Great social psychologist Reich, who had the sad privilege to watch the descent of the Third Reich into the abyss of madness, wrote that it's enough to break a thin dam in man's consciousness that retains repressed instincts and complexes languishing in his subconscious, and he instantly turns into sick and vicious animal.

The "fear of thought" trend

The general lowering of the level of culture, observed today in Russia, fits the trend already demonstrated by the Bolsheviks. Paying tribute to their achievements in promotion of cultural "breadth", we can't be silent about the fact that they struck a fatal blow to the very thin and vulnerable Russian cultural layer.

Part of this layer, however, survived and helped the so called "Soviet intelligentsia" to survive.

However, social orgy of the 90s of the last century, which led to total criminalization and pauperization of the Russian society, put an end to the "Soviet intelligentsia". Its scattered remnants continued (by inertia) to have some limited impact on public life in Russia in the next decade. But it seems that the effect of the inertia is now coming to an end, and to the forefront of Russian culture comes a new, ignorant, hero.

Until now, the demographic crisis was seen as a major strategic threat to the existence of the Russian civilization. But there is another pressing threat - the thinning of the "cultural layer", which is faster than the depopulation - a result of Russian low birth rate and high emigration.

Dystrophy of the culture seems to have become a chronic background for all future Russian crises. In this case, a chronic disease of Russians, the fear of thought - about which so much has been written in Russia at the beginning of the last century, when Bolshevism has outlined the new cultural trend - manifests itself in its full force.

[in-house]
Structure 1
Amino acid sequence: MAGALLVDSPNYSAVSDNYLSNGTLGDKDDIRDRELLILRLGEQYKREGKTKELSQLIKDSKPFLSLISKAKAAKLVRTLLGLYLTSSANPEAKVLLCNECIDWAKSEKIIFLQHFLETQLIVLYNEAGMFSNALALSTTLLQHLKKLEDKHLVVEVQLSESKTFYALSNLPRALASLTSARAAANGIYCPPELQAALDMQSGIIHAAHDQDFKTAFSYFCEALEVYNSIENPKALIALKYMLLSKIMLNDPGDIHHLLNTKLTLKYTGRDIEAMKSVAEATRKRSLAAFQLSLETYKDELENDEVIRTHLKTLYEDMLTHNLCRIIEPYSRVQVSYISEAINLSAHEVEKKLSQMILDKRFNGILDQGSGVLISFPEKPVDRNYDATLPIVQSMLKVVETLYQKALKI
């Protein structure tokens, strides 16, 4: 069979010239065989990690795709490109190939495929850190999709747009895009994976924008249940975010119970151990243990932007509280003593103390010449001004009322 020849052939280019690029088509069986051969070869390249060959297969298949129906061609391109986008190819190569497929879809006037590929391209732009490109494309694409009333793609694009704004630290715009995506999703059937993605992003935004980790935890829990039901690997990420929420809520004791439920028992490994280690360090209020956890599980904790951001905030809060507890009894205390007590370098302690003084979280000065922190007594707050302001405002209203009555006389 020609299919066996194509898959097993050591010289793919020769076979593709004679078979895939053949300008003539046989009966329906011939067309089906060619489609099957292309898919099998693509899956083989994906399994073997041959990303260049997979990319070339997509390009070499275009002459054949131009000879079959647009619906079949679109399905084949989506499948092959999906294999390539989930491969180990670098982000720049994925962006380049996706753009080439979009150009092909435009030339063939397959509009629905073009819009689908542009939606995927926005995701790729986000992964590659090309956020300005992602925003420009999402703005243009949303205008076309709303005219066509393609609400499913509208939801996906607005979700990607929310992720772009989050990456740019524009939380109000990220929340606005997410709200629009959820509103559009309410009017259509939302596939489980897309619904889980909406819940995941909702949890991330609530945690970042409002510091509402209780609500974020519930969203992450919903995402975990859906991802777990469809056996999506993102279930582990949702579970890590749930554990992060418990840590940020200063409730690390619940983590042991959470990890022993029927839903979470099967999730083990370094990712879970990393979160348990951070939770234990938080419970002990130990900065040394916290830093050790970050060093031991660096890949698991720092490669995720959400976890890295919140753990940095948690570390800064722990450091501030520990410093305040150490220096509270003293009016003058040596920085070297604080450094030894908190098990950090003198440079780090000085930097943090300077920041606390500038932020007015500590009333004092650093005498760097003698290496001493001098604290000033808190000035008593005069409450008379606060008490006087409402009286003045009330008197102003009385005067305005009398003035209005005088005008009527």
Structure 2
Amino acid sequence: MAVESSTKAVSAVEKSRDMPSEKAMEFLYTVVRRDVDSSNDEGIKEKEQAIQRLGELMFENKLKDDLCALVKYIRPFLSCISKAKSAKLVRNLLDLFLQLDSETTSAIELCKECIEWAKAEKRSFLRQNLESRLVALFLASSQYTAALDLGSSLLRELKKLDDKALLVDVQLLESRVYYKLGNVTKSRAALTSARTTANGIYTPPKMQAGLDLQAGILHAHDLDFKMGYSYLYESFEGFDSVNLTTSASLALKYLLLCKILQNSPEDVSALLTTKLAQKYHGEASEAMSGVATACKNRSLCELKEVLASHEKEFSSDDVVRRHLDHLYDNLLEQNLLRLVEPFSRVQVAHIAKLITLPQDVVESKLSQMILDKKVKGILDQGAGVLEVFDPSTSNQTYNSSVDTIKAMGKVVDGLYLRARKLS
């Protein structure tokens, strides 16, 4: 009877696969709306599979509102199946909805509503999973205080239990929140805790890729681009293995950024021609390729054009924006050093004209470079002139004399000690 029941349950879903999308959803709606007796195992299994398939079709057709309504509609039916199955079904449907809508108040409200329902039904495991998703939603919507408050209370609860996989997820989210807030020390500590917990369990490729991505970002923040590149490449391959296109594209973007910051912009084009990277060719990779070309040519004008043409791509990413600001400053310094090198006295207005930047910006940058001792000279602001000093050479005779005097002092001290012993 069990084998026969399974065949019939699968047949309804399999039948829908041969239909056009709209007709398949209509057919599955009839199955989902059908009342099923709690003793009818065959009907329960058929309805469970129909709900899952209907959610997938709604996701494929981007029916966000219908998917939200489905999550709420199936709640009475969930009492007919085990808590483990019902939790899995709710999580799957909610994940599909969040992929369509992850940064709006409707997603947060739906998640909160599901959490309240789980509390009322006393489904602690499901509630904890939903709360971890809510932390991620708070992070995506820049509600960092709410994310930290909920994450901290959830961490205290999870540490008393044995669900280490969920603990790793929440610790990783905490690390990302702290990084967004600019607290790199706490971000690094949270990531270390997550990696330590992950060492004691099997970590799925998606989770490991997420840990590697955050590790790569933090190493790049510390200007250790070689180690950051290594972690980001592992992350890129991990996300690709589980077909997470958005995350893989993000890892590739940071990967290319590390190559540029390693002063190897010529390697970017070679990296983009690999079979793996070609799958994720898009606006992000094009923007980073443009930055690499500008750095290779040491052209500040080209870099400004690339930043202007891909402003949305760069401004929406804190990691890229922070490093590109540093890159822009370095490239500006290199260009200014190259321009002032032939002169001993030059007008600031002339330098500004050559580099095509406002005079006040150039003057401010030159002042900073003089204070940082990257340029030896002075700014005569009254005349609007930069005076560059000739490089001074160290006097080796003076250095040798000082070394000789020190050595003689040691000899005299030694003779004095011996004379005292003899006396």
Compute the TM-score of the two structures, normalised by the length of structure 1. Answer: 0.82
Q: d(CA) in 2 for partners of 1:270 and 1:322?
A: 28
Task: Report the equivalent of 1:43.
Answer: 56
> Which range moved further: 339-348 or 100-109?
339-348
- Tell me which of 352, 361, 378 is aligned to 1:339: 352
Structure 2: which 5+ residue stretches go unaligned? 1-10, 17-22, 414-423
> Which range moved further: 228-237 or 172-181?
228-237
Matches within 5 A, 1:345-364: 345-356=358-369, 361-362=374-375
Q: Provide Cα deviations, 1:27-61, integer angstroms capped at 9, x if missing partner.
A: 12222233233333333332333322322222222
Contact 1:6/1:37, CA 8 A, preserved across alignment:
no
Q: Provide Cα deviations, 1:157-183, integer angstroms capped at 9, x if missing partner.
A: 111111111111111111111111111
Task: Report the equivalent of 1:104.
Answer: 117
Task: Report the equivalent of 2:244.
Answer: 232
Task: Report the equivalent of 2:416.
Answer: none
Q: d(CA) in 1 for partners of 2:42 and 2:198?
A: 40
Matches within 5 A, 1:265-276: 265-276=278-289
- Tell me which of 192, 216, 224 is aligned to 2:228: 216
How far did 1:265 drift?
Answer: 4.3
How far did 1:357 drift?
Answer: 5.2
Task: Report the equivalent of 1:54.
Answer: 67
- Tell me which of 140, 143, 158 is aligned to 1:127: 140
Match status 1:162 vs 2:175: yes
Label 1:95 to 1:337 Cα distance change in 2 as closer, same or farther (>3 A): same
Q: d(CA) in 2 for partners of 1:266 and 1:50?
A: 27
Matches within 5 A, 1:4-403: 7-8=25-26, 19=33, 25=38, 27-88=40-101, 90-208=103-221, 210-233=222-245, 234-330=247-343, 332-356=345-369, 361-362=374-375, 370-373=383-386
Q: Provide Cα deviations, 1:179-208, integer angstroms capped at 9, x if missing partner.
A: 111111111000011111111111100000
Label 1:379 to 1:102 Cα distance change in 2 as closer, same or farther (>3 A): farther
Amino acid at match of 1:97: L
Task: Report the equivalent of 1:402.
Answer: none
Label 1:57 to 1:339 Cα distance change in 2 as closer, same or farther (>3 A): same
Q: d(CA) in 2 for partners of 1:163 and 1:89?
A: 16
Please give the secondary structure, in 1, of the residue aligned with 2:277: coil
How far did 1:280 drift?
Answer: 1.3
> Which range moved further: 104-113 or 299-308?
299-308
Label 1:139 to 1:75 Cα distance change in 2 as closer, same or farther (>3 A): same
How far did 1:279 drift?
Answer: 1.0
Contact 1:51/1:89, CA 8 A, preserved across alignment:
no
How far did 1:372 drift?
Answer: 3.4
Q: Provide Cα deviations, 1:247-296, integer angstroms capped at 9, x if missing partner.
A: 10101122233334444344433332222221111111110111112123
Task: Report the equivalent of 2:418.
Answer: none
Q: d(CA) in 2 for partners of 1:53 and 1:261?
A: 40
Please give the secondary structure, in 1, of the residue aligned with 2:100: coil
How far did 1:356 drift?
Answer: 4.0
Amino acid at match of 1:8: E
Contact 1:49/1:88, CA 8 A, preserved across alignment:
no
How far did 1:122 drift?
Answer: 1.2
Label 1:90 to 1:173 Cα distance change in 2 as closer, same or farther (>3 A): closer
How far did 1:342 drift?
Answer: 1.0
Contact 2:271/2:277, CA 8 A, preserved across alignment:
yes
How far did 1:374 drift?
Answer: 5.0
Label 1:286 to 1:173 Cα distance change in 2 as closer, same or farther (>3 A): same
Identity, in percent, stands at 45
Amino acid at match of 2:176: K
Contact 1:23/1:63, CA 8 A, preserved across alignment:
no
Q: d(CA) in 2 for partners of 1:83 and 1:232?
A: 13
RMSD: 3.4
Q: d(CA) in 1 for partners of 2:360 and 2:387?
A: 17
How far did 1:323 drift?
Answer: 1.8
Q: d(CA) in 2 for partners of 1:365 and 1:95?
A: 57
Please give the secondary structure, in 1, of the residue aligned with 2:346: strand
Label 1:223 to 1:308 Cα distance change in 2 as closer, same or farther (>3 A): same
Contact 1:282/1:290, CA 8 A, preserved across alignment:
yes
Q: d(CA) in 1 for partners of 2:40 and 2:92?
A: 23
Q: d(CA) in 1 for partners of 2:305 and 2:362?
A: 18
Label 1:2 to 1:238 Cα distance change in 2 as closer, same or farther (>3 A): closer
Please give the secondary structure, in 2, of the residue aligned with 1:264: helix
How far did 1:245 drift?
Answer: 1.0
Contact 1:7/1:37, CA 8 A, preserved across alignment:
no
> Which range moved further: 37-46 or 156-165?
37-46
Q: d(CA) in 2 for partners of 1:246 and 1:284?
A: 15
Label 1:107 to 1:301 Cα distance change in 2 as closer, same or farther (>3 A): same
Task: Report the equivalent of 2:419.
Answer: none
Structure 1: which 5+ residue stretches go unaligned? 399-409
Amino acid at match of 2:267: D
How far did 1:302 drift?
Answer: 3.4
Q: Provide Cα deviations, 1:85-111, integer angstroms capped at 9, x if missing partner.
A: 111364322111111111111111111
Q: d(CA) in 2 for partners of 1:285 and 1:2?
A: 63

On the tail and the dog

Fear of thought goes hand in hand with social infantilism. Many Russian minds are brilliant. This is proved, among other things, by the results achieved by Russian expat scientists in European and American universities.

But perhaps nowhere but in Russia the high professional ("technical") culture could so grotesquely coexist with social irresponsibility and "humanitarian disability" in one person. Smart and very business-savvy people instantly turn into barbarians, when it comes to resolving social conflicts, whether it is a dispute between neighbors in the apartment house block or a war with Ukraine.

The ignorant and coarse mass of people, which has escaped from the cultural layer, in a state of permanent affectation, threatens to turn into the proverbial tail that wags the dog in Russia.

Kremlin mistakenly believes that it can easily manipulate the mood of people. But this is a one-way street. "The patriotic enthusiasm", initiated by the Kremlin, had a very unpleasant side effect, unleashing dark social instincts - Nikolai Berdyaev figuratively called them "the dark wine of the Russian history."

These passions, freed from the control of reason, can not be curbed "by order", whenever you want. Instinct is not a sparrow, if it flies away there is no catching it.

You can deliberately provoke a tantrum, but but you can't exit the tantrum deliberately. To do this, shock therapy is usually required. For Germans in the last century it took a defeat in a terrible war. Russians were cured by victory, equal in its price to a defeat.

(*) A reference to Pascal.


Sennacherib said...

Though Sennacherib liked this article, he has some serious reservations about some of the central claims made therein. Before commenting further I must do some reflecting at the Ziggurat.

SnoopyTheGoon said...

Long as Ziggurat is properly warmed, no objections. I hear the Ziggurat neighborhood is under serious cold front...